Do some front squats

You might take a hot bath to relax before trying doing it real slow as described in previous post. Also eat 4 times as many vegetables they are alkaline and stress reducer. Allways exhale deeply it will keep you from acidity and tensing. All these will do tid bits to improve your situation over your efforts to improve what you are doing now. A youtube search about hips mobility/rehab might provide video help. This is no joke but smiling outside or at least inside might be a plus. Try relaxing your face and neck area. Ever tried foam rolling?

BENCH SQUATS MY AMIGO!

Put a flat bench in the rack when you squat or if the bench’s available are too high use some jump boxes to the height you need.

I have been coaching my very large friend and He has lost a couple of stone and the single biggest improvement is how muscular and defined his quads and hamstrings look from squatting below parallel.

He has long femurs so he found it hard at first but now his form is brilliant and we moved the bench today and he was using perfect form every set. I think the hardest part for him was remembering to stick his ass out and lower with his butt, not his knees.

I always think of trying to sit on one of those really low children stools, keeps my form good.

[quote]alexus wrote:
"The secret to breaking the parallel is pulling yourself down with your hip flexors. [/quote]

The plates rattle differently when you pull yourself down , rather than letting yourself falll down.

[quote]alexus wrote:
you are pretty close. i think the issue looks to me to be one of neuromuscular control. i can see how your pelvis tucks under at the bottom. the answer is to… not let it. to learn how you need to hold yourself. for me it is imaginging myself ‘sitting into’ my hip flexors.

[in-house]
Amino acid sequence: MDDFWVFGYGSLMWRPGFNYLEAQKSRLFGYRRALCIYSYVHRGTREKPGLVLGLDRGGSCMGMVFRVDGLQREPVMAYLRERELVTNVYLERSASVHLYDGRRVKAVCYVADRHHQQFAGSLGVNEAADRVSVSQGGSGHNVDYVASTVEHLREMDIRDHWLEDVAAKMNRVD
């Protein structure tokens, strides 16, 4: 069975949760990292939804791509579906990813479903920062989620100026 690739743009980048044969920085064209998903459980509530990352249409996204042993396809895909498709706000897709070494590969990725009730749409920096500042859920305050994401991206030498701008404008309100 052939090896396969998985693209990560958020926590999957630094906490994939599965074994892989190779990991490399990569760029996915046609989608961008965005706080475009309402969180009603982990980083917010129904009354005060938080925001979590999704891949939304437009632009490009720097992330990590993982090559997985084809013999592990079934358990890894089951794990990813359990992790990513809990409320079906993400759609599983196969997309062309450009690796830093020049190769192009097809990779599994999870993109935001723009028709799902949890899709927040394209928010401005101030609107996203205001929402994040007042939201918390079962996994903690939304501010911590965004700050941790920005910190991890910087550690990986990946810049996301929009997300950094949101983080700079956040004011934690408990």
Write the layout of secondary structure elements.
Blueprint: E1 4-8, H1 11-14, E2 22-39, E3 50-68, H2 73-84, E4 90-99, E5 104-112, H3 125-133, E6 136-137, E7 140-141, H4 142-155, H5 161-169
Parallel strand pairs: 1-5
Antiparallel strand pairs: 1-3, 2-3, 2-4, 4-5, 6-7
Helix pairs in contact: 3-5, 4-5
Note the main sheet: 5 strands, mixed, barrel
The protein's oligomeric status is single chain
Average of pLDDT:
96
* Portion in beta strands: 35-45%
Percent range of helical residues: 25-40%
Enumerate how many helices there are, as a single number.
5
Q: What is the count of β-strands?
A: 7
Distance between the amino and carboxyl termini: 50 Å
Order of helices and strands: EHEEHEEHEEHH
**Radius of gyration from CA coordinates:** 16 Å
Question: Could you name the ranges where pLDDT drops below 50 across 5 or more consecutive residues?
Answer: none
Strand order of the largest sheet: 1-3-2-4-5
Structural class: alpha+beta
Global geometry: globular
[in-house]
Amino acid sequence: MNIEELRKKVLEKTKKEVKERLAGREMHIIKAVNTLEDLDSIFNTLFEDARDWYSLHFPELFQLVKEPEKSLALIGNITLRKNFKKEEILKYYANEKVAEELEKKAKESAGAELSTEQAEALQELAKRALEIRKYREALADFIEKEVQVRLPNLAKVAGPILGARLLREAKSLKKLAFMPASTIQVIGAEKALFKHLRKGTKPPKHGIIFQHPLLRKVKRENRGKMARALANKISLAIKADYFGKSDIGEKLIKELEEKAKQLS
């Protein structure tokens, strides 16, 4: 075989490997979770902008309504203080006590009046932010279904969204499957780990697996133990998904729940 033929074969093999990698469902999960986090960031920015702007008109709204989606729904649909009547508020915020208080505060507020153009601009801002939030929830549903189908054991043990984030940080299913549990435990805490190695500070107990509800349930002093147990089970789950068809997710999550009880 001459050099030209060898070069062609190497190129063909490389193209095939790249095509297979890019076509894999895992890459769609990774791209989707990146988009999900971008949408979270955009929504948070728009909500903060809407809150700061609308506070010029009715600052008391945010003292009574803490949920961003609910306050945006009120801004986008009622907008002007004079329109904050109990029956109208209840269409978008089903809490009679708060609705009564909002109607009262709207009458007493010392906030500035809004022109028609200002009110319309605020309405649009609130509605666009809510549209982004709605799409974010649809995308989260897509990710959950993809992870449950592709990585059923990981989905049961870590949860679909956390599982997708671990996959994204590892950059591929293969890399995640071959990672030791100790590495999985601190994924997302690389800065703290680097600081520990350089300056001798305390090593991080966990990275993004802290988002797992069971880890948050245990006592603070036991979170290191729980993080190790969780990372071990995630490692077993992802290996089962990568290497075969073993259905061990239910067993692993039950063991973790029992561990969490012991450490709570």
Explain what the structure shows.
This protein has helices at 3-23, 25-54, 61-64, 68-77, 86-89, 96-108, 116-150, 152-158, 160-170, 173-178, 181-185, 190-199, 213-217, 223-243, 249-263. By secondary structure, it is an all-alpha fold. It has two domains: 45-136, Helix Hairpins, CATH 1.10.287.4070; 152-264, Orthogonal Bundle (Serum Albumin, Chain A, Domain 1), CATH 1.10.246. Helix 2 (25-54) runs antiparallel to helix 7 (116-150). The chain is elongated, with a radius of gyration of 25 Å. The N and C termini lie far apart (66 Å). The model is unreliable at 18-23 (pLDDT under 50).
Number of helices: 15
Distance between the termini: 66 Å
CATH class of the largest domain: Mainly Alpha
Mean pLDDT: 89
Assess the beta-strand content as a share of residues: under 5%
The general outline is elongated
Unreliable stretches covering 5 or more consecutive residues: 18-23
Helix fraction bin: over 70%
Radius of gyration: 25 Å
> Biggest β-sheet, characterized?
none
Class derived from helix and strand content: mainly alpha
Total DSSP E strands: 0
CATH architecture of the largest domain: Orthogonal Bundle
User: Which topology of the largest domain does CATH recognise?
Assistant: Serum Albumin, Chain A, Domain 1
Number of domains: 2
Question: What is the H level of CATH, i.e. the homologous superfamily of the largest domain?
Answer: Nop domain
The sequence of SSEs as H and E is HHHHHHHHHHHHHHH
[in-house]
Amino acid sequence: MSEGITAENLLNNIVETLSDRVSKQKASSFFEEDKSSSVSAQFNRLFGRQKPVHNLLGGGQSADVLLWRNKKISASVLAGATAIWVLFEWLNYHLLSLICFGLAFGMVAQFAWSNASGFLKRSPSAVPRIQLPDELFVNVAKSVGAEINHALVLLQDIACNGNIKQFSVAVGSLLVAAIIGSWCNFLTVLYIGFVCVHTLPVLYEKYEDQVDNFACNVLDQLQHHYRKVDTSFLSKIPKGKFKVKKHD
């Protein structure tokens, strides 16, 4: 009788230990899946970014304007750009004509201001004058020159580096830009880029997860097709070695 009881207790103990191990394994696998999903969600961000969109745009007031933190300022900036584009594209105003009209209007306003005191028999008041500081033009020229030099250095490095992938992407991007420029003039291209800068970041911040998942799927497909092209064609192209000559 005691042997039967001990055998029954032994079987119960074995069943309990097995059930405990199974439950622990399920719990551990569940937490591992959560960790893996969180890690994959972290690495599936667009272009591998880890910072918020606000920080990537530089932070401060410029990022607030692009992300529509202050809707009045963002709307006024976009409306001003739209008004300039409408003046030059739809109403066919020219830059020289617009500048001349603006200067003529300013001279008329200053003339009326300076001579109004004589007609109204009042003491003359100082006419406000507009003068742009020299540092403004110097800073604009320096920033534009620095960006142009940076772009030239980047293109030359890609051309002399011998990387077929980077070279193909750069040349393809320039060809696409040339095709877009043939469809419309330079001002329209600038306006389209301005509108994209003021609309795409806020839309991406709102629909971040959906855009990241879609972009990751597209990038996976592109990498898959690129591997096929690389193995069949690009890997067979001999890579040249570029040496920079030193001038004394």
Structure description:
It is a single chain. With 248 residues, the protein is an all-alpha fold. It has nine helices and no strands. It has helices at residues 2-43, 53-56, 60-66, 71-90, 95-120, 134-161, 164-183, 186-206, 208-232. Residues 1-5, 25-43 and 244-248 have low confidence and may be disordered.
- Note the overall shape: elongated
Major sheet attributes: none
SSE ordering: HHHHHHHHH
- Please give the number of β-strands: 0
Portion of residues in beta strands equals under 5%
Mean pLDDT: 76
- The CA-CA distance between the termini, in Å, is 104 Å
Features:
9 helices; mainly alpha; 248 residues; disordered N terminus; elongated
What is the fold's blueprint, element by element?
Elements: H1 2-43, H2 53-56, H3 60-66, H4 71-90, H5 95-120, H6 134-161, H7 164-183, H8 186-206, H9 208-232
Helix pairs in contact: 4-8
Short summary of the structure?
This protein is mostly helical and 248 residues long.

slow down your descent. one… two… three… three and a half. maybe even four. you should feel your hip flexors stretch out as you descend. it isn’t supposed to feel entirely comfortable. it should feel like work.

if you can’t feel when your pelvis starts to tuck then try looking side on to a mirror. don’t be afraid to pause in the as low as you can go without pelvic tuck position. hold it there. then try and push it a bit deeper. a little light bouncing. learn how it feels to hold your pelvis securely in position then push depth.

some people find holding a weight out front (dumbbell or kettlebell) helps them push themselves down lower into their hip flexors, too.

seems to me you are on the right track. couple more sessions and you should have it…
[/quote]
x2 on this.
I had/have the exact same problem as you. Bad posterior pelvic tilt at and below parallel. Last winter I strained my low back from years of squatting without pelvic control and have been working ever since to fix it. At the time I was squatting low bar, with flat heels.
For a while after I hurt myself I tried high bar squats until I kept hurting more and more, and then front squats until I kept hurting more and more. I was stubborn, and didn’t want to drop the weights I was using and basically start over from scratch.
This summer I discovered how to actively do what alexus described: maintaining pelvic neutral as I descend into the squat (it is all about neuromuscular control). It took a lot of effort at first. I felt like I was fighting tension in my posterior hips and glutes. I went back to squatting in my weightlifting shoes (elevated heels), high bar, and I always start my squat workouts with a dynamic warmup and foam rolling/self myofascial release for my glutes and piriformis. Before I hurt myself I was squatting in the low 400s. When I started rebuilding my squat I didn’t go over 135 for a few weeks, and have yet to squat over 295 since. It’s slow, frustrating work, but it is worth it. My back hasn’t felt this good in a very long time.